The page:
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Discussion Starter #1
I have my carputer (laptop) connected to my sylfex auxmod and I want to keep this connection permanent. Is it possible to have another auxillary input jack for other things? I know I can use the microphone jack on my laptop, but isnt that mono...? (also It will be more distorted going through the laptop). Do they have audio cables that take in two sources and combine them (I don't think that works but I don't really know..). Or would my only option be some sort of audio hardware switch that can change the channels?
 

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for only a few dollars you can pick up a mini-stereo or rca splitter, or make your own combo rca/mini stereo cable. splitters are cheap at radio shack. for greater versitility you can always buy the ends & make your own.
 

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for only a few dollars you can pick up a mini-stereo or rca splitter, or make your own combo rca/mini stereo cable. splitters are cheap at radio shack. for greater versitility you can always buy the ends & make your own.
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The problem with the splitter is that it can end up sending signal back into the other sources output. A better option would be to use a switch, like this

http://www.partsexpress.com/pe/showdetl.cf...tnumber=180-932

they make less specialized ones, but i couldn't find the link quickly. This is an item that they would carry at radioshack also.
 

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Discussion Starter #4
The problem with the splitter is that it can end up sending signal back into the other sources output. A better option would be to use a switch, like this

http://www.partsexpress.com/pe/showdetl.cf...tnumber=180-932

they make less specialized ones, but i couldn't find the link quickly. This is an item that they would carry at radioshack also.
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Yeah, thats why I wasn't sure if it worked or not, and it doesnt seem very proffesional either. Ive tried searching for some switches but they all look too fancy for something that just needs to connect 3 wires together (Im on a budget). If any of you guys see a simple $5 switch let me know.
 

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if you're worried about feedback add a diode.

or make your own switch with relays (electronic) or SPDT (mechanical)
 

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i'm all about keeping it affordable. i get a little scared off when the price starts to creep up.
 

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Is there any solution out there for splitting (and using) two items at one time???? For instance, I have an iPod (Auto-Link connector), Sirius Satellite (FM Mod type) and soon, Nav. Would like to use all 3 at the same time (purchasing a direct-connect Sirius system).

Sorry to hijack the thread.....
 

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if you have the AudioLink iPod, why not use the 3.5mm jack input for your SAT? the sound quality will be noticeably better. you can always use the 3.5mm for multiple inputs with a splitter, like this:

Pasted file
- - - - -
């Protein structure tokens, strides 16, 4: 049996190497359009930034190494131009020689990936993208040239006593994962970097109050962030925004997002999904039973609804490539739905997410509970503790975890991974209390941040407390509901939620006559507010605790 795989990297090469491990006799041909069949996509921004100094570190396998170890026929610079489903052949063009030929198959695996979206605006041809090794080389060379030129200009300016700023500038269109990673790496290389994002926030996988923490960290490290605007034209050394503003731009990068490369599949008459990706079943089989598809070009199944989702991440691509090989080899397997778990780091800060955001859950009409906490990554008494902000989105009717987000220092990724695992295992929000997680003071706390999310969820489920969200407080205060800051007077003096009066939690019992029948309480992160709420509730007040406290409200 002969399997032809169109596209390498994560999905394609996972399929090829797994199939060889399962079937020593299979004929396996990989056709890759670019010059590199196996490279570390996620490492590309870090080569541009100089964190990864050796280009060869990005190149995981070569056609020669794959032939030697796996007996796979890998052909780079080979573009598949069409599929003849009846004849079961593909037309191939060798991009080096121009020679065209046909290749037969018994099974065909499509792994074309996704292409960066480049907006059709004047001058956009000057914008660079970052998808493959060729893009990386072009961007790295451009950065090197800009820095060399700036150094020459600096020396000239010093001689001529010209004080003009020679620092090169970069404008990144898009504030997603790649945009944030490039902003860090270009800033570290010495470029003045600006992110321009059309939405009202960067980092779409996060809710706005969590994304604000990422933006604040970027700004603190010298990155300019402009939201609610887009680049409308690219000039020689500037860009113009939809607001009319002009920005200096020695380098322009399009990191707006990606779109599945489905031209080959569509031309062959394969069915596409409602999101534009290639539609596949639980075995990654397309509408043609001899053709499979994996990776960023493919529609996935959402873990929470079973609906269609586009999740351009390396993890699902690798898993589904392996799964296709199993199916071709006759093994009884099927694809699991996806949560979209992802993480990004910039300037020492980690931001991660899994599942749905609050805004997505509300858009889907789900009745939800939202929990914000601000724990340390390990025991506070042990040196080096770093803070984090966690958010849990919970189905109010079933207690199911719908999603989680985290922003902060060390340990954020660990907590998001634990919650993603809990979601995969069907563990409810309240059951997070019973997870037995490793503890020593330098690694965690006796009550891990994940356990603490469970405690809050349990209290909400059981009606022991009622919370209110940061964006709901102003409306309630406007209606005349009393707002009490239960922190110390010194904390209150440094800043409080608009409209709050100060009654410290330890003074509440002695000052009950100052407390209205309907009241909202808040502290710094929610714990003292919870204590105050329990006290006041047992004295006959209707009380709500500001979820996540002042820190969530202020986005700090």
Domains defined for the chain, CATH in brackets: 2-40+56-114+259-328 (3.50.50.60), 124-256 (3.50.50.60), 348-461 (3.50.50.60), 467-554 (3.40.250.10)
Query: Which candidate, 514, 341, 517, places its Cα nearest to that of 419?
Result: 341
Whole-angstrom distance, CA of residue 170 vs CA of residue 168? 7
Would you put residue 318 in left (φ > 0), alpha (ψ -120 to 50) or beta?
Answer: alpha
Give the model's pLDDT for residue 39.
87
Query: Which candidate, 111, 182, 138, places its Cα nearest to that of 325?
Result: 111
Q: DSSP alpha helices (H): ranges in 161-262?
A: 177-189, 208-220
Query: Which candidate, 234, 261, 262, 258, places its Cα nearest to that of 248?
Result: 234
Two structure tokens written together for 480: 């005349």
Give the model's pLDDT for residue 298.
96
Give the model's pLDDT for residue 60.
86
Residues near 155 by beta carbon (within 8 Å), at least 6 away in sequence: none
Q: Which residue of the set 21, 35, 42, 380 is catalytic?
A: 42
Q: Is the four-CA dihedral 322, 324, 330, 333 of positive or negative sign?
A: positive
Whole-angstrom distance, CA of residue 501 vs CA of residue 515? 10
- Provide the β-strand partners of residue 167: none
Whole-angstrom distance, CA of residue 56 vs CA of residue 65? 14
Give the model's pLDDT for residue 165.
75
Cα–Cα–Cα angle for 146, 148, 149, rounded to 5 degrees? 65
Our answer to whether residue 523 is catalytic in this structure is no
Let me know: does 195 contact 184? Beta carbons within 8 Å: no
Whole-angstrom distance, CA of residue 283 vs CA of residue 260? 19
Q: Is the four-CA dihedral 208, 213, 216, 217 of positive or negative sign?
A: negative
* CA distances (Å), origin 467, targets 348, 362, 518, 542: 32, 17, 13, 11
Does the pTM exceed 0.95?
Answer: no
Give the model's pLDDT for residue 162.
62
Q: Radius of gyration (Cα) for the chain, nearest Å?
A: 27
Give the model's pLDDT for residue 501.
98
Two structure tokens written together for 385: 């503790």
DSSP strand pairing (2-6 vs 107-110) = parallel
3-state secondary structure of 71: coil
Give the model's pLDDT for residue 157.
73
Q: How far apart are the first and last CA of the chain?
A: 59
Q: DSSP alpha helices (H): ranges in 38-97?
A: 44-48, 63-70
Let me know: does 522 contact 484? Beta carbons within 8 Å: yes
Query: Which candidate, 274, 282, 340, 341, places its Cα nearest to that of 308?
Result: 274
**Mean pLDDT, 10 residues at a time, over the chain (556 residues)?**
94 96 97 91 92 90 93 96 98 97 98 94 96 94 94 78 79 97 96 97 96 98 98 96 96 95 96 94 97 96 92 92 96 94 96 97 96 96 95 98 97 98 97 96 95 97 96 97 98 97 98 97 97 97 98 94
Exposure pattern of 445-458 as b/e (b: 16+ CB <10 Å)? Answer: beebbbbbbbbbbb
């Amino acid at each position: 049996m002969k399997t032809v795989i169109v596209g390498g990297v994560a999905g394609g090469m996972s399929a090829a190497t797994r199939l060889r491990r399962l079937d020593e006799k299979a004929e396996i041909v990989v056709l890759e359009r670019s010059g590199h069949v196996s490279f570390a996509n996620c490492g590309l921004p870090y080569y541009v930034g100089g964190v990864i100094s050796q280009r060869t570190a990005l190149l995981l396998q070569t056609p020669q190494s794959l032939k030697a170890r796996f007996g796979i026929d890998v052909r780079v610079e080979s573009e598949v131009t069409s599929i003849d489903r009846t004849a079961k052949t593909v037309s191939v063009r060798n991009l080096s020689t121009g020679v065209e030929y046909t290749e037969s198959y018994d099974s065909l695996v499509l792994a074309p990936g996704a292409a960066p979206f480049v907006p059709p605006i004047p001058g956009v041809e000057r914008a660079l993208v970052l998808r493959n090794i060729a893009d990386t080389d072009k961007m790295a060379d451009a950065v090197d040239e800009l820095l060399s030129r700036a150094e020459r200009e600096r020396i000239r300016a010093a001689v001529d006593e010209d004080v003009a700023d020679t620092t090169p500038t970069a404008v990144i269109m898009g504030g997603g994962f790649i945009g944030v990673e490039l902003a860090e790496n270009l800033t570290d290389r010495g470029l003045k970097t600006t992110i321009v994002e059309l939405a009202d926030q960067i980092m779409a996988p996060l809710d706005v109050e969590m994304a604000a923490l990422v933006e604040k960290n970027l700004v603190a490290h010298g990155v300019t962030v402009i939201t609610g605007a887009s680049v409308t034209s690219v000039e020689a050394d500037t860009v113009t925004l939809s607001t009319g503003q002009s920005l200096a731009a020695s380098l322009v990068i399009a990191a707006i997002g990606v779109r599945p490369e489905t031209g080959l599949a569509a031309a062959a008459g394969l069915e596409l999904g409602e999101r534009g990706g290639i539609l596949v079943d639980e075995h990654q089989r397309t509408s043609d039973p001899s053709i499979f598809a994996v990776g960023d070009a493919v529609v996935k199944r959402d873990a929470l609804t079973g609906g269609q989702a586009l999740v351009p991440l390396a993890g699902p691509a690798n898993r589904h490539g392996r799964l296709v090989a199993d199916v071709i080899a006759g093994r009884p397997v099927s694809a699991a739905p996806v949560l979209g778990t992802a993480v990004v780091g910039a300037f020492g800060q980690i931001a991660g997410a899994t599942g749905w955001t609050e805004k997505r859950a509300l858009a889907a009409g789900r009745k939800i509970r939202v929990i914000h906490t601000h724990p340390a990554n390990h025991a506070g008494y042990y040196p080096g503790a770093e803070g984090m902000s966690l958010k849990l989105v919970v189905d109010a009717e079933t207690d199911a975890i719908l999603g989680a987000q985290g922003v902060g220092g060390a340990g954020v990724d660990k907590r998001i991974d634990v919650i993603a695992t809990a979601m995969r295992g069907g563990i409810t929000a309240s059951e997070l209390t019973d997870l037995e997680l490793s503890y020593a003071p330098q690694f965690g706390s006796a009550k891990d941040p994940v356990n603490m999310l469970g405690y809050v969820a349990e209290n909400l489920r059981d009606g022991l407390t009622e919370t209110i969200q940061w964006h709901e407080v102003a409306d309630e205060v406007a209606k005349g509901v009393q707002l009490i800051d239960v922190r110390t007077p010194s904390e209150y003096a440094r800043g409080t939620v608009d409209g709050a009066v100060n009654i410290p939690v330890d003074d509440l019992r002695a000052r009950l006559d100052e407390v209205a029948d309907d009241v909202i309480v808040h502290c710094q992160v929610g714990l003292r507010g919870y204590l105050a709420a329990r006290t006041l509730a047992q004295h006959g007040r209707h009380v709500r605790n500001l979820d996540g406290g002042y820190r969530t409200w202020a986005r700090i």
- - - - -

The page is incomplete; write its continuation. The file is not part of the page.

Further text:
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if you're worried about feedback add a diode.
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How would the diode work? The audio signal is AC and low amplitude. All I see the diode doing is clipping about half of the signal waveform in a very non-linear fashion.

You could use some resistors to buffer the outputs from each other, but that would destroy the output impedance of the audio sources. I think a setup using switches and/or relays would be about the only good option.
 

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a diode is like a one way valve. EDIT- to <strike>clip</strike> convert an AC signal to a DC signal you would use what's called a bridge rectifier, which is a system four diodes.

any audio singal from a personal audio device, i.e. mp3 player, ipod, sat radio, is low voltage, like ~3 volts AC.

a diode does drop signal voltage slightly ~.7V depending on type.
 

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a diode is like a one way valve.
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So how exactly will a diode block an AC signal? When the waveform swings in one direction, the diode will block the signal, but not when the signal is at the opposite polarity. This will clip the signal, not block it. The diode will become what is known as a half-wave rectifier.

to clip an AC signal to a DC signal you would use what's called a bridge rectifier, which is a system four diodes.
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Converting and AC waveform to DC through the use of a full-wave rectifier is not the same as clipping a waveform (whether by using a half-wave rectifier or another means).

any audio singal from a personal audio device, i.e. mp3 player, ipod, sat radio, is low voltage, like ~3 volts AC.
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Many pre-amp level signals can be 2V peak or even less. Attenuating this by a diode drop is really bad for the signal-to-noise ratio.
 

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thanks for setting me straight. i was working off the top of my head & after a few minutes google search i see was was wrong. the diode would only be useful in a DC application which this obvoiously isn't.
 
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